What’s Wrong With Free Range Eggs? Via: www.livekindly.co

Lauren Harris
Freelance Writer, Bristol UK | www.livekindly.co

Explaining veganism to people can be tricky. Generally, people seem to have got the hang of vegetarianism; it’s obvious that in order to make bacon, a pig has to die, there’s no getting around that fact. But when it comes to eggs, many are baffled; “surely it doesn’t hurt the chickens to take their eggs?” “as long as the chickens are treated well there’s no problem, right?”. Most egg-eating people I’ve spoken to say they only buy free-range eggs. I’m guessing my circle of friends must be poorly representative of the UK at large because recent figures from the UK egg industry state that only 50% of eggs consumed in the UK in 2016 were free-range (48% were from caged hens and 2% were from birds reared in barn systems) [1]. It could also be the case that many people who buy boxes of free-range whole eggs from the supermarket do not think to check the origins of eggs in things like store-bought cakes, or in dishes served to them in restaurants.

Caged Hens

“Hang on”, I hear you cry, “weren’t battery cages banned in the EU in 2012?” The answer is yes, standard battery cages (also called non-enriched cages) are currently illegal in the EU [2]. However, so-called “enriched cages” are still allowed and are used widely (see figures for UK above). Although these cages provide a small amount of extra space compared to standard battery cages, and provide a perch and dust-bathing area, they have still been condemned as unacceptable in a joint statement released by several international animal welfare organisations, including the RSPCA and the Humane Society of the United States [3].

Continue reading…


[1] British egg industry website “Egg Info” – accessed 05/05/2017 (link) [2] Council Directive 1999/74/EC (July 1999) – accessed 05/05/2017 (link) [3] Compassion in World Farming website: Enriched cages condemned- accessed 05/05/2017 (link)

Source: What’s Wrong With Free Range Eggs ? | Ethical Issues | LIVEKINDLY

Disability Pride Brighton festival 2019

Disability Pride Brighton festival 2019 Crowdfunder
Photo: Perfectly Unique Photography

Hello everyone. Disability Pride Brighton festival is TWO MONTHS TODAY!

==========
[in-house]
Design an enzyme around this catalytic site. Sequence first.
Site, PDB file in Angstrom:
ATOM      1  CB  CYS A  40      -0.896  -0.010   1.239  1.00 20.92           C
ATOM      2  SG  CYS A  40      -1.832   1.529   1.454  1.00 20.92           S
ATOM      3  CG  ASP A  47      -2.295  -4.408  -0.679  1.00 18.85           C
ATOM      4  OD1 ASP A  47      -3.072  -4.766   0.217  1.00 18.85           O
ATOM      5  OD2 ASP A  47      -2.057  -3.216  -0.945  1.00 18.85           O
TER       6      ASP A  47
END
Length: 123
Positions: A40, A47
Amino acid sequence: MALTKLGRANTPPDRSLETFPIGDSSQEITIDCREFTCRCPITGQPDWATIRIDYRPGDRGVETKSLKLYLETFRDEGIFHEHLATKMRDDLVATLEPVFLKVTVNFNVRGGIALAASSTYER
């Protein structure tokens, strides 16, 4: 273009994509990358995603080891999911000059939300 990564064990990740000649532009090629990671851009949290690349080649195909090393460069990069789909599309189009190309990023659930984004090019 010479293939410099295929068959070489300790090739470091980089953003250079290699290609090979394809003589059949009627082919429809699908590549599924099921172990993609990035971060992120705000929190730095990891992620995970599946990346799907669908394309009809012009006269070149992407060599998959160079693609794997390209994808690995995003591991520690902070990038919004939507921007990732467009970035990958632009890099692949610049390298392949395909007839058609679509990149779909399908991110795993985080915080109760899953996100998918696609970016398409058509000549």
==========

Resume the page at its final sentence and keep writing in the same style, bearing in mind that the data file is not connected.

As you can see from this (rather amateur – sorry!) video, we are struggling to raise funds this year. We want everyone to come along and enjoy themselves and it would be wonderful to be able to make this third year really special. Last year was magical and many people said it was the best day of their lives. We would be very grateful if you could donate something so that we can ensure the festival is fully accessible for people with every disability.

Please share our Crowdfunder and, if you can donate something yourself, please click on the link below.

Most importantly, do come along and bring your friends, family, carers, professionals, allies and everyone else!

Many thanks.
Jenny, Charlie and the Disability Pride Brighton committee
(Oh, and… my dogs!)

Disability Pride Brighton festival 2019 Crowdfunder

BBC Under Ofcom Investigation For Bias

BBC Bias (dis)Content Warning by domestic empire

The national broadcaster is frequently criticised for abandoning impartiality to act as a government mouthpiece. Ofcom considers accusations substantial enough to require investigation of the Corporation’s practices.

Source: Breaking: BBC under Ofcom investigation for bias

Disability groups are deeply concerned about a dangerous mental capacity bill rushed through parliament

The Tories have quietly pushed through a bill that seriously weakens the rights of people deemed lacking mental capacity.

The government has succeeded in quietly pushing through a bill that seriously weakens the rights of 300,000 people with learning difficulties, brain injuries and autism.

The Mental Capacity (Amendment) Bill – which passed in the House of Commons on Tuesday, without key amendments that would have added vital safeguards – has received little media attention or public scrutiny, but disability organisations like mine are worried it could undermine key freedoms that, instead, urgently needed to be strengthened.